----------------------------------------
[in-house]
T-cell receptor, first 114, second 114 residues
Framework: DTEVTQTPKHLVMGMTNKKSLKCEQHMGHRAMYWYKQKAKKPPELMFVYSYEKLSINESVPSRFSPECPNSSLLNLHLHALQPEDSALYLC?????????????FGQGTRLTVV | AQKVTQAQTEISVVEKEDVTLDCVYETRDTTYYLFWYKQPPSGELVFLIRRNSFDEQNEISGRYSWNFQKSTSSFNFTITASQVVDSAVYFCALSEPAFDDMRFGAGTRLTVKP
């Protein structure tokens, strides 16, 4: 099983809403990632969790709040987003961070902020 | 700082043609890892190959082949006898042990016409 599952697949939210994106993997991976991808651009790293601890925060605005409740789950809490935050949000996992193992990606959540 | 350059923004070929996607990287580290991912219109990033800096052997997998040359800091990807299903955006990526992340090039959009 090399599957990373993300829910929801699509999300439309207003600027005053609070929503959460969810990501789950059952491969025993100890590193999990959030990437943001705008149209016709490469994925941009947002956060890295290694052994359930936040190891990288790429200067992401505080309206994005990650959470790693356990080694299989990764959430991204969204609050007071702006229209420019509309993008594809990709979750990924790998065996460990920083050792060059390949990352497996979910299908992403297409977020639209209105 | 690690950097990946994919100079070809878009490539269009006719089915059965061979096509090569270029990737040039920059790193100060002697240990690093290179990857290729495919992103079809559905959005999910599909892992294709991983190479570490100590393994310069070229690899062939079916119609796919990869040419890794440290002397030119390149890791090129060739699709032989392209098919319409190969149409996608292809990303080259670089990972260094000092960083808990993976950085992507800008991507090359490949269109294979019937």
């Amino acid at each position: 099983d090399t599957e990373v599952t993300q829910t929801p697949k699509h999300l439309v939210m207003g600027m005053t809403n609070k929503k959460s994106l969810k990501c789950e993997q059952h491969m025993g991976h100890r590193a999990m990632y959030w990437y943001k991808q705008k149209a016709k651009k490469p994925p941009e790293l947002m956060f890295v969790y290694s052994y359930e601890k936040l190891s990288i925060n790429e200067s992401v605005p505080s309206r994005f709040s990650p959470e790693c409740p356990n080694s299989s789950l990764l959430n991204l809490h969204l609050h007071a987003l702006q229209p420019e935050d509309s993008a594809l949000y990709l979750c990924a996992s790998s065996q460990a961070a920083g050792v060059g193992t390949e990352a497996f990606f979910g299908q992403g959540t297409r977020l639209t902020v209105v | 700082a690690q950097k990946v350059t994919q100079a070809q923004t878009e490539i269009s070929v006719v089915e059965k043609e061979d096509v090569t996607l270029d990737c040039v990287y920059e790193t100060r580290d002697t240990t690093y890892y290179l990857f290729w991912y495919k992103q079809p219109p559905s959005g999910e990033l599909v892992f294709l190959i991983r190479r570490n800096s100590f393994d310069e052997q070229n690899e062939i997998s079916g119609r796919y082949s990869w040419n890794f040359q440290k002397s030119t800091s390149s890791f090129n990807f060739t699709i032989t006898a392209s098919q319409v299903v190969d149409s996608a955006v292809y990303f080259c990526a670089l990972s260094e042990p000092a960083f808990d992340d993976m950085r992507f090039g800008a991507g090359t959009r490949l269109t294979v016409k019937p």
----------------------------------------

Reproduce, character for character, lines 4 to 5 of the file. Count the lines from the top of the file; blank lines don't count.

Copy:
């Protein structure tokens, strides 16, 4: 099983809403990632969790709040987003961070902020 | 700082043609890892190959082949006898042990016409 599952697949939210994106993997991976991808651009790293601890925060605005409740789950809490935050949000996992193992990606959540 | 350059923004070929996607990287580290991912219109990033800096052997997998040359800091990807299903955006990526992340090039959009 090399599957990373993300829910929801699509999300439309207003600027005053609070929503959460969810990501789950059952491969025993100890590193999990959030990437943001705008149209016709490469994925941009947002956060890295290694052994359930936040190891990288790429200067992401505080309206994005990650959470790693356990080694299989990764959430991204969204609050007071702006229209420019509309993008594809990709979750990924790998065996460990920083050792060059390949990352497996979910299908992403297409977020639209209105 | 690690950097990946994919100079070809878009490539269009006719089915059965061979096509090569270029990737040039920059790193100060002697240990690093290179990857290729495919992103079809559905959005999910599909892992294709991983190479570490100590393994310069070229690899062939079916119609796919990869040419890794440290002397030119390149890791090129060739699709032989392209098919319409190969149409996608292809990303080259670089990972260094000092960083808990993976950085992507800008991507090359490949269109294979019937």
């Amino acid at each position: 099983d090399t599957e990373v599952t993300q829910t929801p697949k699509h999300l439309v939210m207003g600027m005053t809403n609070k929503k959460s994106l969810k990501c789950e993997q059952h491969m025993g991976h100890r590193a999990m990632y959030w990437y943001k991808q705008k149209a016709k651009k490469p994925p941009e790293l947002m956060f890295v969790y290694s052994y359930e601890k936040l190891s990288i925060n790429e200067s992401v605005p505080s309206r994005f709040s990650p959470e790693c409740p356990n080694s299989s789950l990764l959430n991204l809490h969204l609050h007071a987003l702006q229209p420019e935050d509309s993008a594809l949000y990709l979750c990924a996992s790998s065996q460990a961070a920083g050792v060059g193992t390949e990352a497996f990606f979910g299908q992403g959540t297409r977020l639209t902020v209105v | 700082a690690q950097k990946v350059t994919q100079a070809q923004t878009e490539i269009s070929v006719v089915e059965k043609e061979d096509v090569t996607l270029d990737c040039v990287y920059e790193t100060r580290d002697t240990t690093y890892y290179l990857f290729w991912y495919k992103q079809p219109p559905s959005g999910e990033l599909v892992f294709l190959i991983r190479r570490n800096s100590f393994d310069e052997q070229n690899e062939i997998s079916g119609r796919y082949s990869w040419n890794f040359q440290k002397s030119t800091s390149s890791f090129n990807f060739t699709i032989t006898a392209s098919q319409v299903v190969d149409s996608a955006v292809y990303f080259c990526a670089l990972s260094e042990p000092a960083f808990d992340d993976m950085r992507f090039g800008a991507g090359t959009r490949l269109t294979v016409k019937p």